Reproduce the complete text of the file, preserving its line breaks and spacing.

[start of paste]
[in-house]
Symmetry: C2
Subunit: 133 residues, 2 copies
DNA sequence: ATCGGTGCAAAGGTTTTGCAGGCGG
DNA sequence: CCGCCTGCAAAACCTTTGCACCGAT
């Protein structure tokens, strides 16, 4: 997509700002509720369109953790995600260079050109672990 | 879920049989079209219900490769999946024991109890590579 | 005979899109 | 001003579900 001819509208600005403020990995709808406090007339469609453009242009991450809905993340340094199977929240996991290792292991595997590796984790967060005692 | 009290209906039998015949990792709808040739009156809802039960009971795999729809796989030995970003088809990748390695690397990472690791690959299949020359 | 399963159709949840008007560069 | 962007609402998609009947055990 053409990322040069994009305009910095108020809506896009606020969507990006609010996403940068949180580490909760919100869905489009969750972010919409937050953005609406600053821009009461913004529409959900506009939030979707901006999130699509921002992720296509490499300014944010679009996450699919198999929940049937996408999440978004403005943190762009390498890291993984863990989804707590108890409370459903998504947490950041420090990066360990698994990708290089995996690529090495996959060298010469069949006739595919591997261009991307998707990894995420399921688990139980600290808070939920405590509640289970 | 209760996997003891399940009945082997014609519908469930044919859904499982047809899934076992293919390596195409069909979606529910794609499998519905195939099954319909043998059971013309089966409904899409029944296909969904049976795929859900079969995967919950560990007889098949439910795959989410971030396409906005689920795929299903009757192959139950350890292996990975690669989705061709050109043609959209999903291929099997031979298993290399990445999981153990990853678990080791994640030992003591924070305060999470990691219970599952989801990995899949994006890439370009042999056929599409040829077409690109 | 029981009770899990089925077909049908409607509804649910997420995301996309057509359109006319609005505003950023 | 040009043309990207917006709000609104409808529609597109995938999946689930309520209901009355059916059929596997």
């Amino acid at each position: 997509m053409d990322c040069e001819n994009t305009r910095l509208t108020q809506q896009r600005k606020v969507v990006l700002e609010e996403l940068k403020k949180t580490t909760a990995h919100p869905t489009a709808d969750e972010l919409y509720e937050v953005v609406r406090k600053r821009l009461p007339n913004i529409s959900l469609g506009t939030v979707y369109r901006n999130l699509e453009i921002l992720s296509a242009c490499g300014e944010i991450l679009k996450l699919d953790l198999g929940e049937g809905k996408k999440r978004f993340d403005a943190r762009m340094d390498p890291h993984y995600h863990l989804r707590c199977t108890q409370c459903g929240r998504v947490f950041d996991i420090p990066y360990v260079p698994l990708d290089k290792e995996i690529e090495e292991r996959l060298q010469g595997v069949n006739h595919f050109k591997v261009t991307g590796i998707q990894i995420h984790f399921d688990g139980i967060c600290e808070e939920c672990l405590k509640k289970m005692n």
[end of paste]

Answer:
[in-house]
Symmetry: C2
Subunit: 133 residues, 2 copies
DNA sequence: ATCGGTGCAAAGGTTTTGCAGGCGG
DNA sequence: CCGCCTGCAAAACCTTTGCACCGAT
């Protein structure tokens, strides 16, 4: 997509700002509720369109953790995600260079050109672990 | 879920049989079209219900490769999946024991109890590579 | 005979899109 | 001003579900 001819509208600005403020990995709808406090007339469609453009242009991450809905993340340094199977929240996991290792292991595997590796984790967060005692 | 009290209906039998015949990792709808040739009156809802039960009971795999729809796989030995970003088809990748390695690397990472690791690959299949020359 | 399963159709949840008007560069 | 962007609402998609009947055990 053409990322040069994009305009910095108020809506896009606020969507990006609010996403940068949180580490909760919100869905489009969750972010919409937050953005609406600053821009009461913004529409959900506009939030979707901006999130699509921002992720296509490499300014944010679009996450699919198999929940049937996408999440978004403005943190762009390498890291993984863990989804707590108890409370459903998504947490950041420090990066360990698994990708290089995996690529090495996959060298010469069949006739595919591997261009991307998707990894995420399921688990139980600290808070939920405590509640289970 | 209760996997003891399940009945082997014609519908469930044919859904499982047809899934076992293919390596195409069909979606529910794609499998519905195939099954319909043998059971013309089966409904899409029944296909969904049976795929859900079969995967919950560990007889098949439910795959989410971030396409906005689920795929299903009757192959139950350890292996990975690669989705061709050109043609959209999903291929099997031979298993290399990445999981153990990853678990080791994640030992003591924070305060999470990691219970599952989801990995899949994006890439370009042999056929599409040829077409690109 | 029981009770899990089925077909049908409607509804649910997420995301996309057509359109006319609005505003950023 | 040009043309990207917006709000609104409808529609597109995938999946689930309520209901009355059916059929596997």
């Amino acid at each position: 997509m053409d990322c040069e001819n994009t305009r910095l509208t108020q809506q896009r600005k606020v969507v990006l700002e609010e996403l940068k403020k949180t580490t909760a990995h919100p869905t489009a709808d969750e972010l919409y509720e937050v953005v609406r406090k600053r821009l009461p007339n913004i529409s959900l469609g506009t939030v979707y369109r901006n999130l699509e453009i921002l992720s296509a242009c490499g300014e944010i991450l679009k996450l699919d953790l198999g929940e049937g809905k996408k999440r978004f993340d403005a943190r762009m340094d390498p890291h993984y995600h863990l989804r707590c199977t108890q409370c459903g929240r998504v947490f950041d996991i420090p990066y360990v260079p698994l990708d290089k290792e995996i690529e090495e292991r996959l060298q010469g595997v069949n006739h595919f050109k591997v261009t991307g590796i998707q990894i995420h984790f399921d688990g139980i967060c600290e808070e939920c672990l405590k509640k289970m005692n």